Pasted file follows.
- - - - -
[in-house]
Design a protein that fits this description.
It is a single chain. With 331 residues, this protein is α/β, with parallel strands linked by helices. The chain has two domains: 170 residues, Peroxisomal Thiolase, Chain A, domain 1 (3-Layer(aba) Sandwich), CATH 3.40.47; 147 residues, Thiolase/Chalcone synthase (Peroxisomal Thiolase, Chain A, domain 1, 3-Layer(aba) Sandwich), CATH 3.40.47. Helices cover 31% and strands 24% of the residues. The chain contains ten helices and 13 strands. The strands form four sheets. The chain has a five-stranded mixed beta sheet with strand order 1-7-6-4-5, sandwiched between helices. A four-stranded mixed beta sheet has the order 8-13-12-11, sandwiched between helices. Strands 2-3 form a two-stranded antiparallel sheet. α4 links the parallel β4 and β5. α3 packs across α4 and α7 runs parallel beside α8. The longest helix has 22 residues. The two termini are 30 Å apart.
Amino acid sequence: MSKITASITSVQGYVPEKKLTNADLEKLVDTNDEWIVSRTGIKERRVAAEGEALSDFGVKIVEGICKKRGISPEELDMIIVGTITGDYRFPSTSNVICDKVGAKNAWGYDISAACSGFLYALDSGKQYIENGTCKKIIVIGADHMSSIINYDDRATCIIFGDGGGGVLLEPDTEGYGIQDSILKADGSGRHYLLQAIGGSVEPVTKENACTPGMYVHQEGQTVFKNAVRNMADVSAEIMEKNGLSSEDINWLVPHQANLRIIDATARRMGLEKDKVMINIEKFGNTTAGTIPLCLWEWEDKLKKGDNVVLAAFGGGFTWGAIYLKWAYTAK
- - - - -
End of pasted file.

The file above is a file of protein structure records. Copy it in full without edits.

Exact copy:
[in-house]
Design a protein that fits this description.
It is a single chain. With 331 residues, this protein is α/β, with parallel strands linked by helices. The chain has two domains: 170 residues, Peroxisomal Thiolase, Chain A, domain 1 (3-Layer(aba) Sandwich), CATH 3.40.47; 147 residues, Thiolase/Chalcone synthase (Peroxisomal Thiolase, Chain A, domain 1, 3-Layer(aba) Sandwich), CATH 3.40.47. Helices cover 31% and strands 24% of the residues. The chain contains ten helices and 13 strands. The strands form four sheets. The chain has a five-stranded mixed beta sheet with strand order 1-7-6-4-5, sandwiched between helices. A four-stranded mixed beta sheet has the order 8-13-12-11, sandwiched between helices. Strands 2-3 form a two-stranded antiparallel sheet. α4 links the parallel β4 and β5. α3 packs across α4 and α7 runs parallel beside α8. The longest helix has 22 residues. The two termini are 30 Å apart.
Amino acid sequence: MSKITASITSVQGYVPEKKLTNADLEKLVDTNDEWIVSRTGIKERRVAAEGEALSDFGVKIVEGICKKRGISPEELDMIIVGTITGDYRFPSTSNVICDKVGAKNAWGYDISAACSGFLYALDSGKQYIENGTCKKIIVIGADHMSSIINYDDRATCIIFGDGGGGVLLEPDTEGYGIQDSILKADGSGRHYLLQAIGGSVEPVTKENACTPGMYVHQEGQTVFKNAVRNMADVSAEIMEKNGLSSEDINWLVPHQANLRIIDATARRMGLEKDKVMINIEKFGNTTAGTIPLCLWEWEDKLKKGDNVVLAAFGGGFTWGAIYLKWAYTAK